Sie sind auf Seite 1von 1

SUPER TRADER Right now I am reading "super trader" by Van Tharp, nice book, in the book he po int some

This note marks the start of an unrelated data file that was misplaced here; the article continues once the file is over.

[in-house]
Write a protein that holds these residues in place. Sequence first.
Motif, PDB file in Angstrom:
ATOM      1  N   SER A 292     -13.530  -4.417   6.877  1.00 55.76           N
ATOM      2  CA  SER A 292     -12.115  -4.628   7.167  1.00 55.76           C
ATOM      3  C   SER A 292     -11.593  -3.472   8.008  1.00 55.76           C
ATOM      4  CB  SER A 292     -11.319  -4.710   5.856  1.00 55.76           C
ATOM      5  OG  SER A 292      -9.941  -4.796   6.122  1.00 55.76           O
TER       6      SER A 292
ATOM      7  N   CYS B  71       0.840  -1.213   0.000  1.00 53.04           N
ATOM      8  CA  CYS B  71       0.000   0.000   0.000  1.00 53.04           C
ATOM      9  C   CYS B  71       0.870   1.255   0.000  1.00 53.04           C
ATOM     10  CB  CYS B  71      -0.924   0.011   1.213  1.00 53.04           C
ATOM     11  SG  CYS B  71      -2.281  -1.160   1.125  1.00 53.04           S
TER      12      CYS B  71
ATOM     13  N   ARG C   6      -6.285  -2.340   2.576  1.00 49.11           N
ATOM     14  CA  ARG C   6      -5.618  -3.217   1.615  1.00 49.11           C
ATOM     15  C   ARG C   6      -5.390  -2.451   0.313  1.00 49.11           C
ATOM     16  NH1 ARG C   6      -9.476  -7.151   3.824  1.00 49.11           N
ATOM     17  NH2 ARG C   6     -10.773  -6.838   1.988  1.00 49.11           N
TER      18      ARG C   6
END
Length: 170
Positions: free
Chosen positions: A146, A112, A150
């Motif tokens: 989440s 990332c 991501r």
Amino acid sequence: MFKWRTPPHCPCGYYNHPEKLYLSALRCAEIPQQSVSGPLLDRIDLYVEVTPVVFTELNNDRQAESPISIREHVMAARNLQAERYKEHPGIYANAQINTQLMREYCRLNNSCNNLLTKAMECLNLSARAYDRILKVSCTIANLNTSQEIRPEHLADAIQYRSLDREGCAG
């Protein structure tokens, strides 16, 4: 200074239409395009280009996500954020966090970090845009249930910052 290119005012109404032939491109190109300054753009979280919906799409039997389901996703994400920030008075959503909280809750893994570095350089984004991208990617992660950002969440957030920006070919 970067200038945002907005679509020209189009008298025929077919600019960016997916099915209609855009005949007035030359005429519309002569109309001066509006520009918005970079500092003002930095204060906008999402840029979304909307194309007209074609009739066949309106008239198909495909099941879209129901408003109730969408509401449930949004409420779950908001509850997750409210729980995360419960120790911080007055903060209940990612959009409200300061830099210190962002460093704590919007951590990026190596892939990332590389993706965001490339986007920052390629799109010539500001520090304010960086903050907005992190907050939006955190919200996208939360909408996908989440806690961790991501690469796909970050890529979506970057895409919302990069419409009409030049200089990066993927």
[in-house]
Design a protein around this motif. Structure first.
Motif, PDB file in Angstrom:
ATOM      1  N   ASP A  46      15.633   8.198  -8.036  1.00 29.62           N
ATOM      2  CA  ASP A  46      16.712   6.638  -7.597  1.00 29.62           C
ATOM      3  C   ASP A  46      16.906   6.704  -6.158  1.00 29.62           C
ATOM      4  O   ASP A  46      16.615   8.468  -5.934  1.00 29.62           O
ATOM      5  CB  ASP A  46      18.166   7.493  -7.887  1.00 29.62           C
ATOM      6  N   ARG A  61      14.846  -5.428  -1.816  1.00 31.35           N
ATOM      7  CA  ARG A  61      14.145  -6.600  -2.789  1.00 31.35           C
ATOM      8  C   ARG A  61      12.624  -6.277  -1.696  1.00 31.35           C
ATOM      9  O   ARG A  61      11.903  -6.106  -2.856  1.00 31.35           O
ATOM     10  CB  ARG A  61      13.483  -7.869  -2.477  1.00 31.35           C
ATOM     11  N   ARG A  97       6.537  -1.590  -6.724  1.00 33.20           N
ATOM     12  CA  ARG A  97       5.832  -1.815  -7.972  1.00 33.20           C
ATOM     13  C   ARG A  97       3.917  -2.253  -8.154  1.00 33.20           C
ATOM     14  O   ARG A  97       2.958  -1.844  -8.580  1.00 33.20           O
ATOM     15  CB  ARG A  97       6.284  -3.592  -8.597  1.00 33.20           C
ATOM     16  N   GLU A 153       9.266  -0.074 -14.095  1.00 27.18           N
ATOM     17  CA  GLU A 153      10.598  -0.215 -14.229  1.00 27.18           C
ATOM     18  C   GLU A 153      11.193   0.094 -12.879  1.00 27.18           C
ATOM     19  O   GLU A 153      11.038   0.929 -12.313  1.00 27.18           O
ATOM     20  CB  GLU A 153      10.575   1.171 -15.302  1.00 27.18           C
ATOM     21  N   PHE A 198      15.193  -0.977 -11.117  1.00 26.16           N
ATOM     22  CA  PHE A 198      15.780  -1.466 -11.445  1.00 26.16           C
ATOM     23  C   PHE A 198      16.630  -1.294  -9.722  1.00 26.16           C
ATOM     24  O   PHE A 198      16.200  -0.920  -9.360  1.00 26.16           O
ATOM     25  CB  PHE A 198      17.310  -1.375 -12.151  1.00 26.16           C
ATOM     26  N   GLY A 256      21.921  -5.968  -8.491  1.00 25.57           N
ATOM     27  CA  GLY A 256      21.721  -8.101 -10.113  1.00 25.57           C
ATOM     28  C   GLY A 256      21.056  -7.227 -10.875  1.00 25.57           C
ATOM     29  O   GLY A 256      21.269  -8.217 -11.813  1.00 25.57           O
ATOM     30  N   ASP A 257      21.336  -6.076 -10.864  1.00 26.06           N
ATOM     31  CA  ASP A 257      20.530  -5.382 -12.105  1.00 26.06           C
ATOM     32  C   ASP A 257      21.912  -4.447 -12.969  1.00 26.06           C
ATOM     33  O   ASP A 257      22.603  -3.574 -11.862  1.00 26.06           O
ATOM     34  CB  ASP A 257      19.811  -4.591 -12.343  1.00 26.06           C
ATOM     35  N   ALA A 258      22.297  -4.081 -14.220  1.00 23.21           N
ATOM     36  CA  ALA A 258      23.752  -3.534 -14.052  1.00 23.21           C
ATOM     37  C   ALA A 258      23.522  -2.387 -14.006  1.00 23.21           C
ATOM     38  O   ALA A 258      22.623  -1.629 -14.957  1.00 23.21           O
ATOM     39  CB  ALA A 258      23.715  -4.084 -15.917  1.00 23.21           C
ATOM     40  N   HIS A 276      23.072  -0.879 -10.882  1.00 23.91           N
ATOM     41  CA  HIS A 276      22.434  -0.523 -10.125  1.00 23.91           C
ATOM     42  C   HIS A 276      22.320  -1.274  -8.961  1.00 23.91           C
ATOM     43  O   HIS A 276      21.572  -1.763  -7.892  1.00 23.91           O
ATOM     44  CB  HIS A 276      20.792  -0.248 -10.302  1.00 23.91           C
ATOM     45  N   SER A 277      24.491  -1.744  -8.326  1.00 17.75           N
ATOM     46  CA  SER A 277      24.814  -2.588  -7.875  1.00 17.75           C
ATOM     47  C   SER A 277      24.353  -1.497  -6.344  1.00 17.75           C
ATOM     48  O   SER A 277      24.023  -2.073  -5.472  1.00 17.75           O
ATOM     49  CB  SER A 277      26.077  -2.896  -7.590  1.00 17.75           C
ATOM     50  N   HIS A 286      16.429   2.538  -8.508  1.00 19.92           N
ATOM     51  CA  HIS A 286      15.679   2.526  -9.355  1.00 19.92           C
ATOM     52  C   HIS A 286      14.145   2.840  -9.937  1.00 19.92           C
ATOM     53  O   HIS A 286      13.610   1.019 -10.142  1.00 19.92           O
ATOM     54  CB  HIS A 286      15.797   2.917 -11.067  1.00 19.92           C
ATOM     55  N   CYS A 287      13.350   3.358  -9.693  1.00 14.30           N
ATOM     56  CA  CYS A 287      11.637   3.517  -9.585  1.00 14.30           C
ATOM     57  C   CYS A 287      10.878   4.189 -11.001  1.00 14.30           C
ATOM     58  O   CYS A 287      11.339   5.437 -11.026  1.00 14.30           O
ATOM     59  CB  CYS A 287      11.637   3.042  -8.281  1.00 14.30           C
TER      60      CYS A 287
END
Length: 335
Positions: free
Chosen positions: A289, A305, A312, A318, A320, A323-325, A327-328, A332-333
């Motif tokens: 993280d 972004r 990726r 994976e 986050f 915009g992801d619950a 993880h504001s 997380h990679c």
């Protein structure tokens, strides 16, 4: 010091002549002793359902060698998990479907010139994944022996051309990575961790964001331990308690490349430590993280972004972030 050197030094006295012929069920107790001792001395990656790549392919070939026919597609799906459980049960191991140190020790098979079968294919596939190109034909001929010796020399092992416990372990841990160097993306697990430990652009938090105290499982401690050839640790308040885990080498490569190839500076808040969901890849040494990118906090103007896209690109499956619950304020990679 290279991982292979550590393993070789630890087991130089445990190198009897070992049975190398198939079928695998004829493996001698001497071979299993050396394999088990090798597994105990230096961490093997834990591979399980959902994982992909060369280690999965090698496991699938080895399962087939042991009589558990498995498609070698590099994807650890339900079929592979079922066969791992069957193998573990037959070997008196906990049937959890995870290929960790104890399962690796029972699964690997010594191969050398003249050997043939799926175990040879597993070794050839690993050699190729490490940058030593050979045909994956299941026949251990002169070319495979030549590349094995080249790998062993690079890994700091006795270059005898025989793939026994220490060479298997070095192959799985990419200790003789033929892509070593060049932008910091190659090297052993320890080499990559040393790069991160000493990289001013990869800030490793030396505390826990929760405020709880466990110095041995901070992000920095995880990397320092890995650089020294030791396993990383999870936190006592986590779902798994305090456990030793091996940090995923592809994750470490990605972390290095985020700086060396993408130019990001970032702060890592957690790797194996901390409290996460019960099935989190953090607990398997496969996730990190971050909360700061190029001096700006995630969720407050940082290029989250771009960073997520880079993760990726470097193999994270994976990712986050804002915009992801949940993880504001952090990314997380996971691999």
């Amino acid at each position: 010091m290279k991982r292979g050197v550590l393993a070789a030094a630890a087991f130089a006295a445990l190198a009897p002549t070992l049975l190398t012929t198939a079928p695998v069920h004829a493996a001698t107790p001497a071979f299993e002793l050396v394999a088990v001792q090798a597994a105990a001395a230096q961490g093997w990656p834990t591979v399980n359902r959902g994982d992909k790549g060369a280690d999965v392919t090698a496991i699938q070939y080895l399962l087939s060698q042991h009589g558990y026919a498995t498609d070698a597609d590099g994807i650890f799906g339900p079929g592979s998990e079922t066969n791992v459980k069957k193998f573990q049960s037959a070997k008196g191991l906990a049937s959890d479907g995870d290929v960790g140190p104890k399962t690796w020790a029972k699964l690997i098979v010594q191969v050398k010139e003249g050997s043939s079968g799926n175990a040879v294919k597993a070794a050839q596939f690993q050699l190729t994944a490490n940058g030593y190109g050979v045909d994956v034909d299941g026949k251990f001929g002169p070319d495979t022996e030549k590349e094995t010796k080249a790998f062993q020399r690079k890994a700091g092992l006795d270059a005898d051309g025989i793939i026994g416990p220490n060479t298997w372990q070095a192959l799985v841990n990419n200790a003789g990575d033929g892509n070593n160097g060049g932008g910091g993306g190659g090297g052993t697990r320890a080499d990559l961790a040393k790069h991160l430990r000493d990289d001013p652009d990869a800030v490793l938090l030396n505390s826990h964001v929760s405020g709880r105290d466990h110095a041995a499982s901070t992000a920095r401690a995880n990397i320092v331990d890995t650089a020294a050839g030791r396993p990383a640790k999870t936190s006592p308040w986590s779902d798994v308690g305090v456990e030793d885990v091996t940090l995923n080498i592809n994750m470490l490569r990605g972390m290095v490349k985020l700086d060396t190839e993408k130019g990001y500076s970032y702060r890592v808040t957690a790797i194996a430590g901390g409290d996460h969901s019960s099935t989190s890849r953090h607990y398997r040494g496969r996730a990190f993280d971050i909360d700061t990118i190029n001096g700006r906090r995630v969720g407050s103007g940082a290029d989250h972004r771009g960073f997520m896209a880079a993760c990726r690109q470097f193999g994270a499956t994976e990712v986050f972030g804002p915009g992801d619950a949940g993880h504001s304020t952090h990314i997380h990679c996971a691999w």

possible mistakes that we can make in our trading. Here are a few common mistakes: - Entering on a tip or emotion or something that doesn t correspond to one of your well-thought-out systems - Not exiting when you should be stopped out - Risking too much money on any particular trade - Exiting too soon on emotion - Doing anything because of an emotional reaction - Not following your daily routine - Blaming someone or something for what happens to you rather than accepting per sonal responsibility - Trading multiple systems in the same account - Trading so many trades in the same account that you cannot keep track of them - Trading a system when the market type has changed and you know that the system now will perform poorly - Concentrating on the entry for a system, not the potential reward to risk rati o in the trade - Needing to be right and taking a profit too quickly or not taking a loss just to be right - Not having a predetermined exit when you enter the trade - Not keeping track of the R-multiples and the general performance of your tradi ng system In the book he gave a brief quiz on some key elements that considered absolute fundamentals for all traders. You must understand these elements if you want to compete as a successful trader. Answer these questions before you read the answers in the next section. 1. You buy a stock for $25. You want a 25% trailing stop.Where is your initial s top? 2. The same stock moves as high as $40 and then goes back down to $37. Where is your stop? 3. You have a $25,000 account and don t want to risk more than 1% of your account on that stock. How much of your account can you risk? 4. In light of your answers to question 1 and 3, how many shares did you buy? 5. You buy another stock for $38, but this time your stop is only 50 cents away. How many shares can you buy to risk only 1%? 6. You think that s too many shares, and so you want to base your stop on the vola tility. The average true range over the last 10 days of the stock has been $3. Y ou decide to base your allocation on volatility. How many shares can you buy? 7. Since your stop is still at 50 cents, how much are you risking on this positi on? 8. What s your total investment amount for the first stock and for the second stoc k? How is this different from risk? 9. What is the variable that accounts for most of the performance variability yo u are likely to encounter (assuming that you have your psychology together)? 10. What have I defined self-sabotage to be? Bonus question: You sell the first stock for $50, or a $25 profit. What is your R-multiple? In other words, your pr ofit is what multiple of your initial risk? you should read this book, I hope you can be a SUPER TRADER after reading his bo ok for more article visit us at